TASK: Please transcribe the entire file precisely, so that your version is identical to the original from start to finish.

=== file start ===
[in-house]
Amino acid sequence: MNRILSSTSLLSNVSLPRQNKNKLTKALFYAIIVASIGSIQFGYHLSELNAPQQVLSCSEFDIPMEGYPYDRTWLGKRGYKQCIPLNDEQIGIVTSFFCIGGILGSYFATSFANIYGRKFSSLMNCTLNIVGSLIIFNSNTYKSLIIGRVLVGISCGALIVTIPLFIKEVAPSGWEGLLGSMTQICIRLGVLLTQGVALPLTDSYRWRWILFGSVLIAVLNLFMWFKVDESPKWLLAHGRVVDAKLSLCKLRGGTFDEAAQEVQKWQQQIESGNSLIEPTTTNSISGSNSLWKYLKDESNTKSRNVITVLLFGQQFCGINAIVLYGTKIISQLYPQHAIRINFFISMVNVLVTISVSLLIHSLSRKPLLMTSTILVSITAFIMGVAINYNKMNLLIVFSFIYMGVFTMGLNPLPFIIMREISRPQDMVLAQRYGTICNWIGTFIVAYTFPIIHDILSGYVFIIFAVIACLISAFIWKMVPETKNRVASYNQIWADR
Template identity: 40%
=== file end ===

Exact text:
[in-house]
Amino acid sequence: MNRILSSTSLLSNVSLPRQNKNKLTKALFYAIIVASIGSIQFGYHLSELNAPQQVLSCSEFDIPMEGYPYDRTWLGKRGYKQCIPLNDEQIGIVTSFFCIGGILGSYFATSFANIYGRKFSSLMNCTLNIVGSLIIFNSNTYKSLIIGRVLVGISCGALIVTIPLFIKEVAPSGWEGLLGSMTQICIRLGVLLTQGVALPLTDSYRWRWILFGSVLIAVLNLFMWFKVDESPKWLLAHGRVVDAKLSLCKLRGGTFDEAAQEVQKWQQQIESGNSLIEPTTTNSISGSNSLWKYLKDESNTKSRNVITVLLFGQQFCGINAIVLYGTKIISQLYPQHAIRINFFISMVNVLVTISVSLLIHSLSRKPLLMTSTILVSITAFIMGVAINYNKMNLLIVFSFIYMGVFTMGLNPLPFIIMREISRPQDMVLAQRYGTICNWIGTFIVAYTFPIIHDILSGYVFIIFAVIACLISAFIWKMVPETKNRVASYNQIWADR
Template identity: 40%